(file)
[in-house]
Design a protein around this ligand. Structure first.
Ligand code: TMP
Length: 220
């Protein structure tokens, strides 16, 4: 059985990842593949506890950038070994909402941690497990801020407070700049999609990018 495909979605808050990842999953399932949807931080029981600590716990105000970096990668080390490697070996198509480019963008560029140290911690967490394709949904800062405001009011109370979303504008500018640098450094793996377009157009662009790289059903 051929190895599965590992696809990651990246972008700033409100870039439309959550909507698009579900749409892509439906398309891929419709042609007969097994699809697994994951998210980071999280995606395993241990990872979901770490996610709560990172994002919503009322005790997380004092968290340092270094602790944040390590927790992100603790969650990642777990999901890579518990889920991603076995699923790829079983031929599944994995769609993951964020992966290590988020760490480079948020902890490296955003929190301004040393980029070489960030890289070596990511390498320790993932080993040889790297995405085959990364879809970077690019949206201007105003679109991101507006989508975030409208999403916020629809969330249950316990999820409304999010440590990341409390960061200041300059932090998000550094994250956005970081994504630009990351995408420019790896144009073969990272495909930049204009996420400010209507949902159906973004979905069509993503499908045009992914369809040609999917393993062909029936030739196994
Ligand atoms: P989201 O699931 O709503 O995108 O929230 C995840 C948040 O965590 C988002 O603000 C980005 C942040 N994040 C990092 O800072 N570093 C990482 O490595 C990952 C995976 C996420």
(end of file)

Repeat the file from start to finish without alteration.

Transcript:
[in-house]
Design a protein around this ligand. Structure first.
Ligand code: TMP
Length: 220
């Protein structure tokens, strides 16, 4: 059985990842593949506890950038070994909402941690497990801020407070700049999609990018 495909979605808050990842999953399932949807931080029981600590716990105000970096990668080390490697070996198509480019963008560029140290911690967490394709949904800062405001009011109370979303504008500018640098450094793996377009157009662009790289059903 051929190895599965590992696809990651990246972008700033409100870039439309959550909507698009579900749409892509439906398309891929419709042609007969097994699809697994994951998210980071999280995606395993241990990872979901770490996610709560990172994002919503009322005790997380004092968290340092270094602790944040390590927790992100603790969650990642777990999901890579518990889920991603076995699923790829079983031929599944994995769609993951964020992966290590988020760490480079948020902890490296955003929190301004040393980029070489960030890289070596990511390498320790993932080993040889790297995405085959990364879809970077690019949206201007105003679109991101507006989508975030409208999403916020629809969330249950316990999820409304999010440590990341409390960061200041300059932090998000550094994250956005970081994504630009990351995408420019790896144009073969990272495909930049204009996420400010209507949902159906973004979905069509993503499908045009992914369809040609999917393993062909029936030739196994
Ligand atoms: P989201 O699931 O709503 O995108 O929230 C995840 C948040 O965590 C988002 O603000 C980005 C942040 N994040 C990092 O800072 N570093 C990482 O490595 C990952 C995976 C996420």